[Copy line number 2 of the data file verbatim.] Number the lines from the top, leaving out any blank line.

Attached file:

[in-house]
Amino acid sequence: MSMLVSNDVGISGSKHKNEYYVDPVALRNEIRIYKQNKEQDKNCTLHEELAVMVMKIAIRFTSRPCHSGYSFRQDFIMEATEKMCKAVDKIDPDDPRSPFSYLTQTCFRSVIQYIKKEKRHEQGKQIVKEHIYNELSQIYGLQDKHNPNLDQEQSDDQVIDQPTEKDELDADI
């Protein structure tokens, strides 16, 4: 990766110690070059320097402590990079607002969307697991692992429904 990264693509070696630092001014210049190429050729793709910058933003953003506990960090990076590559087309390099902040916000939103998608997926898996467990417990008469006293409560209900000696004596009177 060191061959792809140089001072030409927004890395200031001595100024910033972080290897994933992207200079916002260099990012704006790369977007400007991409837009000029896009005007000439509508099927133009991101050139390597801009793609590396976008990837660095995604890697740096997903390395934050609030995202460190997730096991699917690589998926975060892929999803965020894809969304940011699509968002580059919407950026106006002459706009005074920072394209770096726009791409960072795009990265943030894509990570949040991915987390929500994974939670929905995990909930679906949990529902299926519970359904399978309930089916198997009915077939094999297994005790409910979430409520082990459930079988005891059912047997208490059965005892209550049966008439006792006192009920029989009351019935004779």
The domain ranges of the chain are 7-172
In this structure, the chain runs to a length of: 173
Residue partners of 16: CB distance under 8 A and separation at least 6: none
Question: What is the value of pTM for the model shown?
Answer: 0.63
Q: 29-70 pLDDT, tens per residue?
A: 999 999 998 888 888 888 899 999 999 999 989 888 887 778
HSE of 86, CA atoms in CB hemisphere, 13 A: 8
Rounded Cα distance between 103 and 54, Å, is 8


Amino acid sequence: MSMLVSNDVGISGSKHKNEYYVDPVALRNEIRIYKQNKEQDKNCTLHEELAVMVMKIAIRFTSRPCHSGYSFRQDFIMEATEKMCKAVDKIDPDDPRSPFSYLTQTCFRSVIQYIKKEKRHEQGKQIVKEHIYNELSQIYGLQDKHNPNLDQEQSDDQVIDQPTEKDELDADI